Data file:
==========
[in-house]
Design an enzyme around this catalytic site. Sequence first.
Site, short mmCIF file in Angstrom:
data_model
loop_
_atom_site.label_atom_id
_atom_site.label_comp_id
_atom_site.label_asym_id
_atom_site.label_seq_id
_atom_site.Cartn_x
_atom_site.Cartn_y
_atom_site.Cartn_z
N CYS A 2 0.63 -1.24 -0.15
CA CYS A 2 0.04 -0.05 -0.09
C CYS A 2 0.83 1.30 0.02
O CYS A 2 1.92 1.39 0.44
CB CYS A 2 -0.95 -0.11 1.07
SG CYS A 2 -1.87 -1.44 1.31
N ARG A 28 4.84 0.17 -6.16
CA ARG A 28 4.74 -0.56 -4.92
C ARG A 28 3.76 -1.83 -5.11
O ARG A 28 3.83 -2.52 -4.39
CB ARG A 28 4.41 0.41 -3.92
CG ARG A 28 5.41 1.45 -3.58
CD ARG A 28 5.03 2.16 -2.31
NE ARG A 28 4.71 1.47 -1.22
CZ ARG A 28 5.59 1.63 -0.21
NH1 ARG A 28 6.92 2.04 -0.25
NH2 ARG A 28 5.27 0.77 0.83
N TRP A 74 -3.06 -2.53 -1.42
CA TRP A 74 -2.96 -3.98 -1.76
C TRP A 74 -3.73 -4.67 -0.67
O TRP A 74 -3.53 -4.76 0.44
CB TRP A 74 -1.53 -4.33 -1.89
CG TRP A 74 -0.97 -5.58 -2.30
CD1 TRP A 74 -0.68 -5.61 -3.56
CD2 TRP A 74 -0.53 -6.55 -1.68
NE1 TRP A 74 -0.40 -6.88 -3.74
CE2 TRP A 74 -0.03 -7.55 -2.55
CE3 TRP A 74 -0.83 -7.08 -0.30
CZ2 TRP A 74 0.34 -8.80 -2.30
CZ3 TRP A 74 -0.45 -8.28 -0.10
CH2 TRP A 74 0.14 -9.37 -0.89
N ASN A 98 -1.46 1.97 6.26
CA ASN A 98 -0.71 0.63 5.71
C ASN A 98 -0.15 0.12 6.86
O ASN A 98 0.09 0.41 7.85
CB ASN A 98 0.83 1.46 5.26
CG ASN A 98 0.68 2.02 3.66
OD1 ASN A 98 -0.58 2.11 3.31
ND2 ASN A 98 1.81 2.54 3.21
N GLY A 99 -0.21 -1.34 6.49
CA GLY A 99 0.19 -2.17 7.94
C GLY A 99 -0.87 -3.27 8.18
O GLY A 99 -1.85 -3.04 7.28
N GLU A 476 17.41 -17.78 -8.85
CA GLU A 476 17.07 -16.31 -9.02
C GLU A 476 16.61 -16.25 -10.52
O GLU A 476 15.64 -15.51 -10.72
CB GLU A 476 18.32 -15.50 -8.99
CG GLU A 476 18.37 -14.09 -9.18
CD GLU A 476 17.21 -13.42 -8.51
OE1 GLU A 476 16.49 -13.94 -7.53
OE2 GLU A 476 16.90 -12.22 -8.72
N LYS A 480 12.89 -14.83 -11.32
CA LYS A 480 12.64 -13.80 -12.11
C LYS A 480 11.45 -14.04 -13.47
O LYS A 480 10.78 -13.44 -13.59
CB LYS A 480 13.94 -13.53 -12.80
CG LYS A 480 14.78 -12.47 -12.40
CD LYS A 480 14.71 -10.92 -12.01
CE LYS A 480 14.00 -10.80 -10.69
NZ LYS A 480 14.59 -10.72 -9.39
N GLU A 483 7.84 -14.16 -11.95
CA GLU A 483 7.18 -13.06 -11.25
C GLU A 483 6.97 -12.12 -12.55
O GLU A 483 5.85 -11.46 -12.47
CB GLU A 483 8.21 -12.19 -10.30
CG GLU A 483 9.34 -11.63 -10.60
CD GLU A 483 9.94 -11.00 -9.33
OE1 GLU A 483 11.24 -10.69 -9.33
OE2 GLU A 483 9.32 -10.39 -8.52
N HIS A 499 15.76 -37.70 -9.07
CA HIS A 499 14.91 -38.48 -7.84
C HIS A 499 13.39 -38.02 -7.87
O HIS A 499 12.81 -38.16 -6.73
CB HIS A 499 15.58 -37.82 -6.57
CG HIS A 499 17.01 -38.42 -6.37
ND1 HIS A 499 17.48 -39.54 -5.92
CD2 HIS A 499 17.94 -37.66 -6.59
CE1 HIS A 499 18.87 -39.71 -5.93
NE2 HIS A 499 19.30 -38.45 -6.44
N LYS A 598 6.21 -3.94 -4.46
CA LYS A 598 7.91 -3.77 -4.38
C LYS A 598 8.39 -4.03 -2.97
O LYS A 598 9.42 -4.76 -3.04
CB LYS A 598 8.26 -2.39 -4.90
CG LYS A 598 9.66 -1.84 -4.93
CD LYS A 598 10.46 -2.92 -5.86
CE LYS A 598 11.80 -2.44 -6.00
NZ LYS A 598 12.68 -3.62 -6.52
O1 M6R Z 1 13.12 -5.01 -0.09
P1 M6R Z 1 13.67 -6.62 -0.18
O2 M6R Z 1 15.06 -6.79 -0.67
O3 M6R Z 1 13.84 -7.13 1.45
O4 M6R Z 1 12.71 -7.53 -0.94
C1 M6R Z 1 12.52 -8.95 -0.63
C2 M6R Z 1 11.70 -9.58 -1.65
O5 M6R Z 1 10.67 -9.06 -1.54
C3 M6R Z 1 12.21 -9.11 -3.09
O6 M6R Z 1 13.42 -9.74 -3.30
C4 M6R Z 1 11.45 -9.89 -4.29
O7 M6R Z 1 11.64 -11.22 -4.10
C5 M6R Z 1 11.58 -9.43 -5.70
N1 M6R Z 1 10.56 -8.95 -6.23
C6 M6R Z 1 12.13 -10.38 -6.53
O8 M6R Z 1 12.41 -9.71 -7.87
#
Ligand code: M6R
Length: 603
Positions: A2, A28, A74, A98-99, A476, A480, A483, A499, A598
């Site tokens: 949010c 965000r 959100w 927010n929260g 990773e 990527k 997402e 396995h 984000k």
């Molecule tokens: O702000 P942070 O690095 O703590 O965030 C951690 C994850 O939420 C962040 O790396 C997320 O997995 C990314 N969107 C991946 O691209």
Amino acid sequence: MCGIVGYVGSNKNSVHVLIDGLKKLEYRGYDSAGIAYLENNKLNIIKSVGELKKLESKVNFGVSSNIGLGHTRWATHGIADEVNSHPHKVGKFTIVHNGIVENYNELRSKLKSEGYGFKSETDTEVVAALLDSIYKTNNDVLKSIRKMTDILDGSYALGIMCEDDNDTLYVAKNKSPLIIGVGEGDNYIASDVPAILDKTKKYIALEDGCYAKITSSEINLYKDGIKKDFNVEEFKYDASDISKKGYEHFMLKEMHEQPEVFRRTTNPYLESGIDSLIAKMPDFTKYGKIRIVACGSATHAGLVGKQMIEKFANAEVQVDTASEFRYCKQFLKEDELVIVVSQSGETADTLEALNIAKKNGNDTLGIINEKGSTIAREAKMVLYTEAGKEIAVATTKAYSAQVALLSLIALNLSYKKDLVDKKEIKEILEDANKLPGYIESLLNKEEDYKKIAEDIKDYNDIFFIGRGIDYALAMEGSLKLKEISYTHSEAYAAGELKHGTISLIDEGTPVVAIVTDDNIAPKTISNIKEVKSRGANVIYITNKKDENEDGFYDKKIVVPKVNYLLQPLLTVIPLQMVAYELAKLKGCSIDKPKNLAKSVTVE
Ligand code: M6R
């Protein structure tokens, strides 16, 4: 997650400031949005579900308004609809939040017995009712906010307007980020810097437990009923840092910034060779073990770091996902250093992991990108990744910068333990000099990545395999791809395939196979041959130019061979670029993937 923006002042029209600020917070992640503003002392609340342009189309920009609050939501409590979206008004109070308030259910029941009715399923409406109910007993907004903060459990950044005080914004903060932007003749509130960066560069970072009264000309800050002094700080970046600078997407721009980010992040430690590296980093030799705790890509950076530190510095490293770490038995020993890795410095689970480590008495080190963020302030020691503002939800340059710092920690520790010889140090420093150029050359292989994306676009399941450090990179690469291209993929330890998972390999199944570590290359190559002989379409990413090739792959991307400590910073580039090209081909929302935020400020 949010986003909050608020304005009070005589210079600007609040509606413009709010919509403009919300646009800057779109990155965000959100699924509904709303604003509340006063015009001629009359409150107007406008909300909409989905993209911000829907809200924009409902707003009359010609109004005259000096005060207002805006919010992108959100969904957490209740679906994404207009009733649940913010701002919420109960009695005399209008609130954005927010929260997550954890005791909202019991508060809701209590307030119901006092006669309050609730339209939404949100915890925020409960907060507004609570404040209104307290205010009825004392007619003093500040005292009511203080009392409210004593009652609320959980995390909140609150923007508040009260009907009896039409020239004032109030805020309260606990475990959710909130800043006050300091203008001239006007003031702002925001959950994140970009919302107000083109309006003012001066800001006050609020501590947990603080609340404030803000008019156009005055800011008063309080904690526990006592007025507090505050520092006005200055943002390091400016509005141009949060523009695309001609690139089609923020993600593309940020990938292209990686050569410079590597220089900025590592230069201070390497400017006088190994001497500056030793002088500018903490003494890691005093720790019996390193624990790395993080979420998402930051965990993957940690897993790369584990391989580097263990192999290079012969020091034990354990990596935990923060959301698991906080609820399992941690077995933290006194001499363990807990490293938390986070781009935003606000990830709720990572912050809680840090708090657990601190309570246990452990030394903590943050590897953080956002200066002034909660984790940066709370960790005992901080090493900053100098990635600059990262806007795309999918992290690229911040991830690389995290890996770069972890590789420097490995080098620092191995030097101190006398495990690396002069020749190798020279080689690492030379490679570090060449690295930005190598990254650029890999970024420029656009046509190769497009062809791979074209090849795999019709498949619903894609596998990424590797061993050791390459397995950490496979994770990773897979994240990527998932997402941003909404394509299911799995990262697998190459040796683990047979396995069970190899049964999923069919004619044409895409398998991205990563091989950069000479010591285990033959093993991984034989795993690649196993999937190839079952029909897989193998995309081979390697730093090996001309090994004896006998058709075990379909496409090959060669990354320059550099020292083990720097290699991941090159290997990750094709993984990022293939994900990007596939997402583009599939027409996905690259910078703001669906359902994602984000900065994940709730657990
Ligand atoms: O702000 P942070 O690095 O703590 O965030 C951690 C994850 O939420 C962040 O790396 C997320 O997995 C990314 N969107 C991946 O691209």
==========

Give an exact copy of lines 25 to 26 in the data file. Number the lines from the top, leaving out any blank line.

CD ARG A 28 5.03 2.16 -2.31
NE ARG A 28 4.71 1.47 -1.22